'Allo 'Allo

Being a huge fan of the original, I found myself filled with both excitement and apprehension when I read someone had brought a stage adaptation of ‘Allo ‘Allo to the Fringe. Trying to replicate such a well-known and well-loved comedy was going to be a tall order.

When the audience is inevitably composed of individuals who loved the television series and who hope to see a stage production that closely resembles it, there is little room for fresh interpretation of characters. Instead the actors attempt, with varying degrees of success, to mimic those in the original.

It all started promisingly enough: the set looks similar to the original and the opening monologue from Grant Campbell, who plays café owner René Artois, displays an uncanny resemblance to Gorden Kaye’s original interpretation. If only the rest of the cast had been able replicate this. There were some largely successful attempts from Marianne Muir (Madame Edith), Scott Strachan (Lieutenant Gruber) and Iain Campbell (Officer Crabtree -the policeman who thinks he can speak French). However, for more than one cast member the French accent proved too challenging and lines were delivered in clearly discernible Scottish tones.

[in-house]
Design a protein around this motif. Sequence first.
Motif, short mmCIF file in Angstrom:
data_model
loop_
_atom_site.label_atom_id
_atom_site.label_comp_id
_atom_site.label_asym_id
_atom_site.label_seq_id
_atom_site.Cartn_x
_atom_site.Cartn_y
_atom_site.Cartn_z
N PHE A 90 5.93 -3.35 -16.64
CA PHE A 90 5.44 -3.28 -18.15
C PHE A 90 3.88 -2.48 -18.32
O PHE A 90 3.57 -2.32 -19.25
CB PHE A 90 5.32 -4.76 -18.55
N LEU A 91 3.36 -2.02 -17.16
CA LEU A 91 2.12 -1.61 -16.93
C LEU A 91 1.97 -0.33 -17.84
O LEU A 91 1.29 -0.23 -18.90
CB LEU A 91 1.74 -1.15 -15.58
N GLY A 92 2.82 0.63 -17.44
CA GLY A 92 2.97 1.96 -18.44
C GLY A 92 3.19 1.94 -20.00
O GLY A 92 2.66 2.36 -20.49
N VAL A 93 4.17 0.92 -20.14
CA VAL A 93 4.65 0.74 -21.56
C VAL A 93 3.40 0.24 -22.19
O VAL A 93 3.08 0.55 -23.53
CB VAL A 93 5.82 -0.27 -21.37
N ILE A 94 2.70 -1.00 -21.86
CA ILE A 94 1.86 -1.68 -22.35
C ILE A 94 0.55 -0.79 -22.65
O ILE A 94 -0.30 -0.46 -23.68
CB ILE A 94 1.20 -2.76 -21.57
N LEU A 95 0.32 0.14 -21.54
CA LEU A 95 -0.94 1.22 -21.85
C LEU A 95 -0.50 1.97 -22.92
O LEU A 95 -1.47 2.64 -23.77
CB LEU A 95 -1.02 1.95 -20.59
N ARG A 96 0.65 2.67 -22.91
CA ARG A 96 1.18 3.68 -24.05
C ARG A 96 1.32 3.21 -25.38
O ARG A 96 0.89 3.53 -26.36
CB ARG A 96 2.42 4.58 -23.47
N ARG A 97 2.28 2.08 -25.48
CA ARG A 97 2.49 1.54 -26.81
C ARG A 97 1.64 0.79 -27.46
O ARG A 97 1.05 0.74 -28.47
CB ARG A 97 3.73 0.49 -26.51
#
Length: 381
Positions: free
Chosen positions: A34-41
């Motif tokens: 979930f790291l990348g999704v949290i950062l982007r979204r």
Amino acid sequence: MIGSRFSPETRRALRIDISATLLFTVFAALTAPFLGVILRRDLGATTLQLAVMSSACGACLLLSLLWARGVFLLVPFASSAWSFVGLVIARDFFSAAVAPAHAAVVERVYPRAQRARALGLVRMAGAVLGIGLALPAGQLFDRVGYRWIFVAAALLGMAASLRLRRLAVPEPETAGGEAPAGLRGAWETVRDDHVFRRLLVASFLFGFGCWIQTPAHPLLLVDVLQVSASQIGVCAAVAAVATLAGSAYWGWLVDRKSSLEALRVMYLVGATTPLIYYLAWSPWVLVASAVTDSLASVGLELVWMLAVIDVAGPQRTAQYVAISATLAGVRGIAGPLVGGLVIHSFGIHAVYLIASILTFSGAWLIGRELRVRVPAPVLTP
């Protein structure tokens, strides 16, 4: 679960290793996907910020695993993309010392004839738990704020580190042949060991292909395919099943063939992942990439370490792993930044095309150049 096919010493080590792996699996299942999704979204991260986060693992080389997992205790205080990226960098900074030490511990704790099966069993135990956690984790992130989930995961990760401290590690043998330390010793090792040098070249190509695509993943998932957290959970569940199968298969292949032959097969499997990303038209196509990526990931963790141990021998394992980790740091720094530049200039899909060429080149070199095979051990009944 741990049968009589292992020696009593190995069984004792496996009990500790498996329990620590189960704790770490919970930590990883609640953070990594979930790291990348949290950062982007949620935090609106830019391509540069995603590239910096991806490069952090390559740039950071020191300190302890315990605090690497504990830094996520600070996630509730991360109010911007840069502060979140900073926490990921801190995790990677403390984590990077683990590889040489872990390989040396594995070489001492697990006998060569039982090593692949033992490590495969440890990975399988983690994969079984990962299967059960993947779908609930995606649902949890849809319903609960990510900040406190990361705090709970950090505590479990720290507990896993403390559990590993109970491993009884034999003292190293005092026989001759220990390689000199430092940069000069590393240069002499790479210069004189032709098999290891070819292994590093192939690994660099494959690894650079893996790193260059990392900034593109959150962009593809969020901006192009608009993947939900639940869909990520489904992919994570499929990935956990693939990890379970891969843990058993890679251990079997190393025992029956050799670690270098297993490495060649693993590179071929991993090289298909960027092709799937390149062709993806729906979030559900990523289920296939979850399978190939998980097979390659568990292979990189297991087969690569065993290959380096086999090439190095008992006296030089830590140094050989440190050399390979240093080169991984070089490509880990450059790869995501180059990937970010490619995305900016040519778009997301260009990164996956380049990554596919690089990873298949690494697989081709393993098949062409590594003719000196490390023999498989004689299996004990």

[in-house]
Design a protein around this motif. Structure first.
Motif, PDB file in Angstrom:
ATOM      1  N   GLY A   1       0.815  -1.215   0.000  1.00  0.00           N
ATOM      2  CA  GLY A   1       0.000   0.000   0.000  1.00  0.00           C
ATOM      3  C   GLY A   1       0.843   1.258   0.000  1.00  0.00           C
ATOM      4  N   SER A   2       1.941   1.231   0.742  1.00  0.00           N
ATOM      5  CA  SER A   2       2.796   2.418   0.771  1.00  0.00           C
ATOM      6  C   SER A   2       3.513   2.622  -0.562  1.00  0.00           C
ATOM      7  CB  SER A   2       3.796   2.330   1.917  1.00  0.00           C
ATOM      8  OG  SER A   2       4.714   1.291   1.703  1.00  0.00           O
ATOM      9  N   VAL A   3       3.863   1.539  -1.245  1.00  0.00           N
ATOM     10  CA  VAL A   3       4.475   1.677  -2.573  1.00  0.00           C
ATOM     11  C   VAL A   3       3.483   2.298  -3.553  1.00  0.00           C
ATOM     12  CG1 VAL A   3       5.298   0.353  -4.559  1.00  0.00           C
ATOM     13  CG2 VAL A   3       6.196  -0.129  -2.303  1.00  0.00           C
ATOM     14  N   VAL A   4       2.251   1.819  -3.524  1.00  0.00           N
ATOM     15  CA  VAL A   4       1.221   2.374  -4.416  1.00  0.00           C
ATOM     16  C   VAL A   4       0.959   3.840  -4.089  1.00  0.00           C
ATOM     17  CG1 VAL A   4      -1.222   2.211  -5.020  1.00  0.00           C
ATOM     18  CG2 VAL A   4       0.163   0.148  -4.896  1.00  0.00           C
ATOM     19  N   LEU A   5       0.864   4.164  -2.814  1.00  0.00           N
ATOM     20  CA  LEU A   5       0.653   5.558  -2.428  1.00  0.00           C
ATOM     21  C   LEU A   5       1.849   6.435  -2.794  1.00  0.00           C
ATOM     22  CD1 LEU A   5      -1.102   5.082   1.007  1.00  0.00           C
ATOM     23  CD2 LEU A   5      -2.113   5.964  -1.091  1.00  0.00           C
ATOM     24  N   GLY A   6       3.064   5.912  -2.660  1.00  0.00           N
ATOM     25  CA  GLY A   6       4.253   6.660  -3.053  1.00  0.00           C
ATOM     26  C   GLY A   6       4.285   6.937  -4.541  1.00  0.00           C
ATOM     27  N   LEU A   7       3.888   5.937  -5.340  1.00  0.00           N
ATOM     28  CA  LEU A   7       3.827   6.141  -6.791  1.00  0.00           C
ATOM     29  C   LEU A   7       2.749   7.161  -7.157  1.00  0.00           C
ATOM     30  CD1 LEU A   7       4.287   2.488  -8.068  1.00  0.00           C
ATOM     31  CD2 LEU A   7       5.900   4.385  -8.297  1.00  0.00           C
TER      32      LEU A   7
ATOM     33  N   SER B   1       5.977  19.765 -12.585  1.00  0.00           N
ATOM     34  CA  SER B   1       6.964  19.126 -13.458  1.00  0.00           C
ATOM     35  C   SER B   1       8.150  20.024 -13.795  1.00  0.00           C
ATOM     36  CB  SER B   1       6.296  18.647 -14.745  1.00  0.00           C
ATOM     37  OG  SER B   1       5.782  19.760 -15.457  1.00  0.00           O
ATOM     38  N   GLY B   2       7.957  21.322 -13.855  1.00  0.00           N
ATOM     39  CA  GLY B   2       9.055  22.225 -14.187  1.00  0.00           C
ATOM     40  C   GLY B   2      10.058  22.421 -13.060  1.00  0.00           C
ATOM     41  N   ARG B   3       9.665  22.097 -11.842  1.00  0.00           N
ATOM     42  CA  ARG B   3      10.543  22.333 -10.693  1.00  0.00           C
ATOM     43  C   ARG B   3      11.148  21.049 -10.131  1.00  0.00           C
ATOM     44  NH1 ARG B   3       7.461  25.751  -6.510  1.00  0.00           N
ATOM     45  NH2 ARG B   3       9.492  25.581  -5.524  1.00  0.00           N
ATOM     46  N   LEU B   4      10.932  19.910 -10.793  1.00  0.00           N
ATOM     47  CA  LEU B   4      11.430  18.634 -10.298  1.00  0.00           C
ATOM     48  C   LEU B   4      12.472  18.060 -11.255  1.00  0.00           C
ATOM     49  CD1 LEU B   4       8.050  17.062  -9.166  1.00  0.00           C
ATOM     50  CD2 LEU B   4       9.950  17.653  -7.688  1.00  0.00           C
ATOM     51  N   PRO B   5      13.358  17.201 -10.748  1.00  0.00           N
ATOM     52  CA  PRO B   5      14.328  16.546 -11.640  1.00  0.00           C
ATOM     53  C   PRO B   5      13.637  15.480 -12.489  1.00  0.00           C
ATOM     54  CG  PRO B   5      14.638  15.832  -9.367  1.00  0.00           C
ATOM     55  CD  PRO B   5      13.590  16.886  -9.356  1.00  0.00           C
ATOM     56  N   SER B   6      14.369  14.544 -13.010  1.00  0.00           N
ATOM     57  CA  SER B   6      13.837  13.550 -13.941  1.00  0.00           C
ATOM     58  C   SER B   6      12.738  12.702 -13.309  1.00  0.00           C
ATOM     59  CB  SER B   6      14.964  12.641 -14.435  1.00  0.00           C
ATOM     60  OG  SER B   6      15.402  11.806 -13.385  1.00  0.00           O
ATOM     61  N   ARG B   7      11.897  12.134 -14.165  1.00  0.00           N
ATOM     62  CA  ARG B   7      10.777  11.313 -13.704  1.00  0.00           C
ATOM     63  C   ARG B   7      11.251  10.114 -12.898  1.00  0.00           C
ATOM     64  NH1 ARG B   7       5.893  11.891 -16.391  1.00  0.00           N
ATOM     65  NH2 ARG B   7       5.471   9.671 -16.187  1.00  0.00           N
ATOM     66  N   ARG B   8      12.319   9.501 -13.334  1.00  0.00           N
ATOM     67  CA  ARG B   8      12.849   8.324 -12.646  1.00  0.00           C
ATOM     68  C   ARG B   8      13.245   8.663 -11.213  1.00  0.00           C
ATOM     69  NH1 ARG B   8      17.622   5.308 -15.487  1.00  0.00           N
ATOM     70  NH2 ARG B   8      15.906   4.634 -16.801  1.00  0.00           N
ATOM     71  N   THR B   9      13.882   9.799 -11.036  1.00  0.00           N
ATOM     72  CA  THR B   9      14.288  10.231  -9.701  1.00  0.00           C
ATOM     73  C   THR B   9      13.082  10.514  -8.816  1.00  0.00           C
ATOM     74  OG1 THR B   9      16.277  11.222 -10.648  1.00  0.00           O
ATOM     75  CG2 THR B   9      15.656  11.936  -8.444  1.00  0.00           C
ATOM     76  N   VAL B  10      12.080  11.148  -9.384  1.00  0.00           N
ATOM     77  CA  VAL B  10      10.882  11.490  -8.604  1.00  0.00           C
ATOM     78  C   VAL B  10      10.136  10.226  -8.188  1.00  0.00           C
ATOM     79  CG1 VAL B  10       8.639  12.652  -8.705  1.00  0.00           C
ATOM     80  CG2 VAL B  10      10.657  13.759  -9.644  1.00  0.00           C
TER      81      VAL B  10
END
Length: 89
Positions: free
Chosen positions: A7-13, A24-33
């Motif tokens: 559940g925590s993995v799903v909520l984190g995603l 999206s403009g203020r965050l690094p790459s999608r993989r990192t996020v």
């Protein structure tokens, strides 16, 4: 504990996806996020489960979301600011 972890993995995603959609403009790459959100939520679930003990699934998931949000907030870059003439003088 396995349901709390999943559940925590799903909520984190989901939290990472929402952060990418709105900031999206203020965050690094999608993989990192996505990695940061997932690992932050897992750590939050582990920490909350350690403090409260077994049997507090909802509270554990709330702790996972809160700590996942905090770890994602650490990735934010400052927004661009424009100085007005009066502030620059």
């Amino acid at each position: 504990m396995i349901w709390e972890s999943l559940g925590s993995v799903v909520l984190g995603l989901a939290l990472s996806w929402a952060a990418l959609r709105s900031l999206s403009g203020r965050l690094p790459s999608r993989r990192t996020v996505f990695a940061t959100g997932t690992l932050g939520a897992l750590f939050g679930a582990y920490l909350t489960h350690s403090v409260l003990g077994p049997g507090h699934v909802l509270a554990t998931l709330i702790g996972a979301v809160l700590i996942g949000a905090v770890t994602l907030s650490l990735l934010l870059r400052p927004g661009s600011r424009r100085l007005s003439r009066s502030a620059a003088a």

Moreover, despite using the original writing team of David Croft and Jeremy Lloyd, the narrative felt stilted and disjointed; trying to shoehorn in as many characters and storylines from the original as possible meant there were too many things going on at once. The show dragged on forty five minutes too long and, as a result, the energy and pace found at the beginning of the show gradually seeped away - this was not helped, I’m sure, by the uncomfortably hot venue.

Overall, apart from the odd line and a few good performances the production was disappointing. If you enjoyed the original series you’d be better investing your money in the DVD collection.

Since you’re here…

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Mama Biashara
Kate Copstick’s charity, Mama Biashara, works with the poorest and most marginalised people in Kenya. They give grants to set up small, sustainable businesses that bring financial independence and security. That five quid you spend on a large glass of House White? They can save someone’s life with that. And the money for a pair of Air Jordans? Will take four women and their fifteen children away from a man who is raping them and into a new life with a moneymaking business for Mum and happiness for the kids.
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The Blurb

Unmissable! Croft and Lloyd’s outrageously funny adaptation of the hit BBC comedy. From the producers of Fringe smashes Jean Brodie ***** (ThreeWeeks), Trainspotting ***** (EdinburghGuide.com), Sex, Lies and Eurovision ***** (ThreeWeeks), The Steamie ***** (BritishTheatreGuide.info). www.practical-magic.org.

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